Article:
We’ve heard stories in the news lately about limo companies with under-qualified drivers being busted by police. Sure, anyone can call themselves a “chauffeur”, but given there seems to be some confusion about it, not to mention safety concerns, we though it might be a good idea to break it down here for our blog readers.
Types of Commercial Driver’s Licenses
There are three main types of commercial driver’s licenses: Class A, Class B and Class C. In most states a Class A license allows the driver to operate any vehicle with a semi-trailer or trailer with two or more axles; including any combination of vehicles with a gross vehicle weight rating greater than 26,000 pounds.
In the Limo industry drivers are required to have either a Class A or Class B license.
What is a Class B?
The Commercial Class B license allows a motorist to operate any Class C vehicle plus
• any single vehicle over 26,000 lbs. GVWR;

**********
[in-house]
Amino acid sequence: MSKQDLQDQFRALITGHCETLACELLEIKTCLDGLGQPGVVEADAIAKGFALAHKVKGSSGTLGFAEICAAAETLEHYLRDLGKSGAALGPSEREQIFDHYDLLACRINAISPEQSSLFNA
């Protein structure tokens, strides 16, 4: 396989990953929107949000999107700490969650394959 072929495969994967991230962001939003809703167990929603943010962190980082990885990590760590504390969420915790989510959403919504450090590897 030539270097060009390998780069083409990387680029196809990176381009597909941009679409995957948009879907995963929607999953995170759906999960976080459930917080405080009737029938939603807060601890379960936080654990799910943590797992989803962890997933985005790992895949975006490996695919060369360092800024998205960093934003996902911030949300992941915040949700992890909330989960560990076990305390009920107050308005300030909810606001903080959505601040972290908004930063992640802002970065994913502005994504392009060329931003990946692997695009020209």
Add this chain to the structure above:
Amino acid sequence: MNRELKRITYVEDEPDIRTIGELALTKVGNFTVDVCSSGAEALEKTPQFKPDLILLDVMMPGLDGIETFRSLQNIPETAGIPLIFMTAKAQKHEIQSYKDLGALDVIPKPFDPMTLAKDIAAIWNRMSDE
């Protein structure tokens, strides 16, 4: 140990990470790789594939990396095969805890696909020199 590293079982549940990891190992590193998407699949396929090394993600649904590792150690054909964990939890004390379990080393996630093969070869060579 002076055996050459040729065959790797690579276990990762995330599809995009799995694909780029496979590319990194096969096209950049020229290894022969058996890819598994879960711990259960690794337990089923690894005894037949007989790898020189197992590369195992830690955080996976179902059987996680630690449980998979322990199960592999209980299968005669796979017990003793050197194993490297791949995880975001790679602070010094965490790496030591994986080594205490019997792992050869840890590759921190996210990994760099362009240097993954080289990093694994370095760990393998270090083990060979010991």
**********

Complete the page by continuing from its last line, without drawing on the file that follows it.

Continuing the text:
• any single vehicle with three axles or more, weighing at least 6,000 lbs. GVWR
• any bus (except a trailer bus) with the Passenger Endorsement under Section 15278(a)(2) and, when transporting farm laborers, a Farm Labor Certificate under Section 12519(a);
• any house-car more than 40’ long.
The noncommercial Class C license is the basic driver’s license in California which allows a motorist to operate most of the vehicles an ordinary driver would encounter. In the limousine industry a Driver with a class C license could drive any of the Sedan and regular Suvs in the fleet, such as the Lincoln MKT Sedan, Cadillac or Mercedes Benz sedan, Chevy Suburban and Cadillac Escalades.
Regardless of the class of license, all commercial drivers are subject to random drug screenings and ongoing safety tests and training, per California Public Utilities Commission regulations. So the next time you get into a limousine, you might want to ask to see the driver’s license of your chauffeur, just to be sure.
Thanks for reading!